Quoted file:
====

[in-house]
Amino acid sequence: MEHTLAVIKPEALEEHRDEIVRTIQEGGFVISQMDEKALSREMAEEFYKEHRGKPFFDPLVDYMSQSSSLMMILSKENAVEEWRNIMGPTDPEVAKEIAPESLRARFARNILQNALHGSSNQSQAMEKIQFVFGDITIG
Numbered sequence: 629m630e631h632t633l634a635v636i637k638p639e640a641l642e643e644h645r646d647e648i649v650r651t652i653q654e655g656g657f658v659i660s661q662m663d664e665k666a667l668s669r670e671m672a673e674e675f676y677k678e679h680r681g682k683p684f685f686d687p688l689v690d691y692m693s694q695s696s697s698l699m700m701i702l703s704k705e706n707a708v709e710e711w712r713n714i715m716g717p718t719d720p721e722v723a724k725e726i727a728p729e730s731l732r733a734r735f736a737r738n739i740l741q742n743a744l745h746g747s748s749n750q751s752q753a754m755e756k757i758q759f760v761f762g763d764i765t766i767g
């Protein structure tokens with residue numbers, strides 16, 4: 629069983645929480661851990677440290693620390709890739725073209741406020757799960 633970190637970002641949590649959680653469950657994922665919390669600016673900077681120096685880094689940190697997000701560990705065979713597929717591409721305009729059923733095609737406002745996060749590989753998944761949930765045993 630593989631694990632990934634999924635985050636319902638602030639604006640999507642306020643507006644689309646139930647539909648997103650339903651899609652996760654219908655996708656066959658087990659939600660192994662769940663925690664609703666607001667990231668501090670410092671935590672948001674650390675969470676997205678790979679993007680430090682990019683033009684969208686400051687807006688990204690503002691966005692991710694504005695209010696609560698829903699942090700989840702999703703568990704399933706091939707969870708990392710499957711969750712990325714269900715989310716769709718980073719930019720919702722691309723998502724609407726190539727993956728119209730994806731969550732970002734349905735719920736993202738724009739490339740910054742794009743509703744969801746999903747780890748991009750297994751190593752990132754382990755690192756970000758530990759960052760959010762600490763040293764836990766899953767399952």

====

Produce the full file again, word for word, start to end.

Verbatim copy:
[in-house]
Amino acid sequence: MEHTLAVIKPEALEEHRDEIVRTIQEGGFVISQMDEKALSREMAEEFYKEHRGKPFFDPLVDYMSQSSSLMMILSKENAVEEWRNIMGPTDPEVAKEIAPESLRARFARNILQNALHGSSNQSQAMEKIQFVFGDITIG
Numbered sequence: 629m630e631h632t633l634a635v636i637k638p639e640a641l642e643e644h645r646d647e648i649v650r651t652i653q654e655g656g657f658v659i660s661q662m663d664e665k666a667l668s669r670e671m672a673e674e675f676y677k678e679h680r681g682k683p684f685f686d687p688l689v690d691y692m693s694q695s696s697s698l699m700m701i702l703s704k705e706n707a708v709e710e711w712r713n714i715m716g717p718t719d720p721e722v723a724k725e726i727a728p729e730s731l732r733a734r735f736a737r738n739i740l741q742n743a744l745h746g747s748s749n750q751s752q753a754m755e756k757i758q759f760v761f762g763d764i765t766i767g
């Protein structure tokens with residue numbers, strides 16, 4: 629069983645929480661851990677440290693620390709890739725073209741406020757799960 633970190637970002641949590649959680653469950657994922665919390669600016673900077681120096685880094689940190697997000701560990705065979713597929717591409721305009729059923733095609737406002745996060749590989753998944761949930765045993 630593989631694990632990934634999924635985050636319902638602030639604006640999507642306020643507006644689309646139930647539909648997103650339903651899609652996760654219908655996708656066959658087990659939600660192994662769940663925690664609703666607001667990231668501090670410092671935590672948001674650390675969470676997205678790979679993007680430090682990019683033009684969208686400051687807006688990204690503002691966005692991710694504005695209010696609560698829903699942090700989840702999703703568990704399933706091939707969870708990392710499957711969750712990325714269900715989310716769709718980073719930019720919702722691309723998502724609407726190539727993956728119209730994806731969550732970002734349905735719920736993202738724009739490339740910054742794009743509703744969801746999903747780890748991009750297994751190593752990132754382990755690192756970000758530990759960052760959010762600490763040293764836990766899953767399952």